Idiopathic sclerosing orbital inflammation

Hsuan, James D., Dinesh,Selva, McNab, Alan A., Sullivan, Timothy J., Saeed, Peerooz and O'Donnell, Brett A. (2006) Idiopathic sclerosing orbital inflammation. Archives of Ophthalmology, 124 9: 1244-1250. doi:10.1001/archopht.124.9.1244

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Author Hsuan, James D.
McNab, Alan A.
Sullivan, Timothy J.
Saeed, Peerooz
O'Donnell, Brett A.
Title Idiopathic sclerosing orbital inflammation
Journal name Archives of Ophthalmology   Check publisher's open access policy
ISSN 2168-6165
Publication date 2006-01-01
Year available 2006
Sub-type Article (original research)
DOI 10.1001/archopht.124.9.1244
Open Access Status File (Publisher version)
Volume 124
Issue 9
Start page 1244
End page 1250
Total pages 7
Place of publication Chicago, IL, United States
Publisher American Medical Association
Language eng
Abstract Objective: To perform a multicenter review of the clinical features and treatment of 31 patients with idiopathic sclerosing orbital inflammation. Methods: We included all patients with histologically confirmed idiopathic sclerosing orbital inflammation from 5 regional orbital centers. We reviewed the case notes to determine the clinical presentation, diagnostic features, and response to treatment. The main outcome measures were duration and nature of symptoms, anatomical location of disease, histopathological findings, treatment modalities, treatment efficacy and adverse effects, and final clinical status. Results: We included 13 male and 18 female patients ranging in age from 7 to 83 years. The average duration of symptoms at presentation was 13.4 months. There was a predilection for the lateral and superior quadrants. Thirteen patients had apical disease, and 4 had extraorbital involvement. Histopathological findings invariably showed sclerosis associated with a sparse mixed cellular infiltrate. Twenty- seven patients were treated with oral prednisolone, response to which was good in 9 patients, partial in 11, and poor in 7. Six patients were treated with a second- line immunosuppressive agent, and 6 received radiotherapy. The response to radiotherapy was generally poor. Conclusions: Idiopathic sclerosing orbital inflammation is a rare condition that can be difficult to diagnose and manage. Early intervention with immunosuppression in the form of corticosteroids combinedwith secondline agents can result in control and even regression of the disease.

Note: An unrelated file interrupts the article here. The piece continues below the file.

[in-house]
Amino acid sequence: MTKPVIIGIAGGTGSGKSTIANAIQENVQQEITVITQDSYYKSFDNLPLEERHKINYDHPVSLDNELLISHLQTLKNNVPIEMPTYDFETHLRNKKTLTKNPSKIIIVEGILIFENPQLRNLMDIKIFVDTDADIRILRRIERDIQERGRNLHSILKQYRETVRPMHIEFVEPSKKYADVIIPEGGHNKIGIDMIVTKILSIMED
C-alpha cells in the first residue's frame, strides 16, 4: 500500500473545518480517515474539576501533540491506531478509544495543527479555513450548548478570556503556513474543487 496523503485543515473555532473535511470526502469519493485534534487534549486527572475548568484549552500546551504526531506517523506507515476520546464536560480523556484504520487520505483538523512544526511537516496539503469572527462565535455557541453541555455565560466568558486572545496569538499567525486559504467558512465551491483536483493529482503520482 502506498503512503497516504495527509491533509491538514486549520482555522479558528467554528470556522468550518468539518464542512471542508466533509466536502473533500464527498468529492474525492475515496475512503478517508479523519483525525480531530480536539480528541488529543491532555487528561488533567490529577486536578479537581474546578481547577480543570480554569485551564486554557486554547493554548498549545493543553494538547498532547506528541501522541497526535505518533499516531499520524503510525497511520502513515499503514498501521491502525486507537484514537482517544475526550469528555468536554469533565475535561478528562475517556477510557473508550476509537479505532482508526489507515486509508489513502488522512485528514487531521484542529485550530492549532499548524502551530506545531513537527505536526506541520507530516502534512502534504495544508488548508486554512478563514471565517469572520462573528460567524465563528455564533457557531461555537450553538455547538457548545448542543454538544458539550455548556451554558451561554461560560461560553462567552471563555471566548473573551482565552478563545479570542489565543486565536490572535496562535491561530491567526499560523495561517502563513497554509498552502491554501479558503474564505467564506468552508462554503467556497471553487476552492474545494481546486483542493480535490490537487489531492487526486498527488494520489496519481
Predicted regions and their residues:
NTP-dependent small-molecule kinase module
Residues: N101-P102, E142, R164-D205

Keyword Ophthalmology
Retroperitoneal Fibrosis
Intracranial Extension
Multifocal Fibrosclerosis
Q-Index Code C1
Institutional Status Non-UQ

Document type: Journal Article
Sub-type: Article (original research)
Collections: 2007 Higher Education Research Data Collection
Institute for Molecular Bioscience - Publications
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Citation counts: TR Web of Science Citation Count  Cited 41 times in Thomson Reuters Web of Science Article | Citations
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Created: Wed, 15 Aug 2007, 20:57:08 EST